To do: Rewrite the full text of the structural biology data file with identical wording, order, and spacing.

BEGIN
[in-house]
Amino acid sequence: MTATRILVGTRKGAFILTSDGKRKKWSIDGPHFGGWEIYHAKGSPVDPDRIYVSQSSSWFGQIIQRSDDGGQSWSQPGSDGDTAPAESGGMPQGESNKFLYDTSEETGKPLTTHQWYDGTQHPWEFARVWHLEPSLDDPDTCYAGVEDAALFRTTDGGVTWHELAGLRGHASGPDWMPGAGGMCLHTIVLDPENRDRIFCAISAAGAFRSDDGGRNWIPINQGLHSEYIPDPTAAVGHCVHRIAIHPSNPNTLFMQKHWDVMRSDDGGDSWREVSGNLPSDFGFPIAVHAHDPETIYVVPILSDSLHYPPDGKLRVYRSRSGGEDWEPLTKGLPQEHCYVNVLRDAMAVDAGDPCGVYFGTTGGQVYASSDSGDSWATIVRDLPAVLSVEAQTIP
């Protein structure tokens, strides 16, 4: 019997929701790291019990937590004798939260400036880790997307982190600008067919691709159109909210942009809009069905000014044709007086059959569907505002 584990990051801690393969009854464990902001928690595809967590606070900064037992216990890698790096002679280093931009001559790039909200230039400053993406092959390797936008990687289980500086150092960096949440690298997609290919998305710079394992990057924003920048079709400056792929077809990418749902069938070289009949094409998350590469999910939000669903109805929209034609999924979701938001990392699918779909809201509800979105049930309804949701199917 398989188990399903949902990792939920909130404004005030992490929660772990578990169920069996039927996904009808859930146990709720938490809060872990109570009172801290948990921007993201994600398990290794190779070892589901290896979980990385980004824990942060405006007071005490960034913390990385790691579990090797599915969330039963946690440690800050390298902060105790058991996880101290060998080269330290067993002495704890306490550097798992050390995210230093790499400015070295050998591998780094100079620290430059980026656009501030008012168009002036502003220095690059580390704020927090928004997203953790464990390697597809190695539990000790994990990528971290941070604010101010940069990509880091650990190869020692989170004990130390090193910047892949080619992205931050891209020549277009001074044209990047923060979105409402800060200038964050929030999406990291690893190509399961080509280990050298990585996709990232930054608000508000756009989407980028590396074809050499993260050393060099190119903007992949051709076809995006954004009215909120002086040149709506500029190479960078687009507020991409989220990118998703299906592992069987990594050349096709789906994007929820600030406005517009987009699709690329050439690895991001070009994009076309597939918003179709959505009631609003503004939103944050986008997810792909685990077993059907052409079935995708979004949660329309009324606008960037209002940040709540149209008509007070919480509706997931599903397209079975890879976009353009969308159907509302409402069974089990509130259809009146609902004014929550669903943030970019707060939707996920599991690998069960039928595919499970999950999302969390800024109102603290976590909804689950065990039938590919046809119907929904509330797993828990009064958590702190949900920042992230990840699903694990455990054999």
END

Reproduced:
[in-house]
Amino acid sequence: MTATRILVGTRKGAFILTSDGKRKKWSIDGPHFGGWEIYHAKGSPVDPDRIYVSQSSSWFGQIIQRSDDGGQSWSQPGSDGDTAPAESGGMPQGESNKFLYDTSEETGKPLTTHQWYDGTQHPWEFARVWHLEPSLDDPDTCYAGVEDAALFRTTDGGVTWHELAGLRGHASGPDWMPGAGGMCLHTIVLDPENRDRIFCAISAAGAFRSDDGGRNWIPINQGLHSEYIPDPTAAVGHCVHRIAIHPSNPNTLFMQKHWDVMRSDDGGDSWREVSGNLPSDFGFPIAVHAHDPETIYVVPILSDSLHYPPDGKLRVYRSRSGGEDWEPLTKGLPQEHCYVNVLRDAMAVDAGDPCGVYFGTTGGQVYASSDSGDSWATIVRDLPAVLSVEAQTIP
């Protein structure tokens, strides 16, 4: 019997929701790291019990937590004798939260400036880790997307982190600008067919691709159109909210942009809009069905000014044709007086059959569907505002 584990990051801690393969009854464990902001928690595809967590606070900064037992216990890698790096002679280093931009001559790039909200230039400053993406092959390797936008990687289980500086150092960096949440690298997609290919998305710079394992990057924003920048079709400056792929077809990418749902069938070289009949094409998350590469999910939000669903109805929209034609999924979701938001990392699918779909809201509800979105049930309804949701199917 398989188990399903949902990792939920909130404004005030992490929660772990578990169920069996039927996904009808859930146990709720938490809060872990109570009172801290948990921007993201994600398990290794190779070892589901290896979980990385980004824990942060405006007071005490960034913390990385790691579990090797599915969330039963946690440690800050390298902060105790058991996880101290060998080269330290067993002495704890306490550097798992050390995210230093790499400015070295050998591998780094100079620290430059980026656009501030008012168009002036502003220095690059580390704020927090928004997203953790464990390697597809190695539990000790994990990528971290941070604010101010940069990509880091650990190869020692989170004990130390090193910047892949080619992205931050891209020549277009001074044209990047923060979105409402800060200038964050929030999406990291690893190509399961080509280990050298990585996709990232930054608000508000756009989407980028590396074809050499993260050393060099190119903007992949051709076809995006954004009215909120002086040149709506500029190479960078687009507020991409989220990118998703299906592992069987990594050349096709789906994007929820600030406005517009987009699709690329050439690895991001070009994009076309597939918003179709959505009631609003503004939103944050986008997810792909685990077993059907052409079935995708979004949660329309009324606008960037209002940040709540149209008509007070919480509706997931599903397209079975890879976009353009969308159907509302409402069974089990509130259809009146609902004014929550669903943030970019707060939707996920599991690998069960039928595919499970999950999302969390800024109102603290976590909804689950065990039938590919046809119907929904509330797993828990009064958590702190949900920042992230990840699903694990455990054999």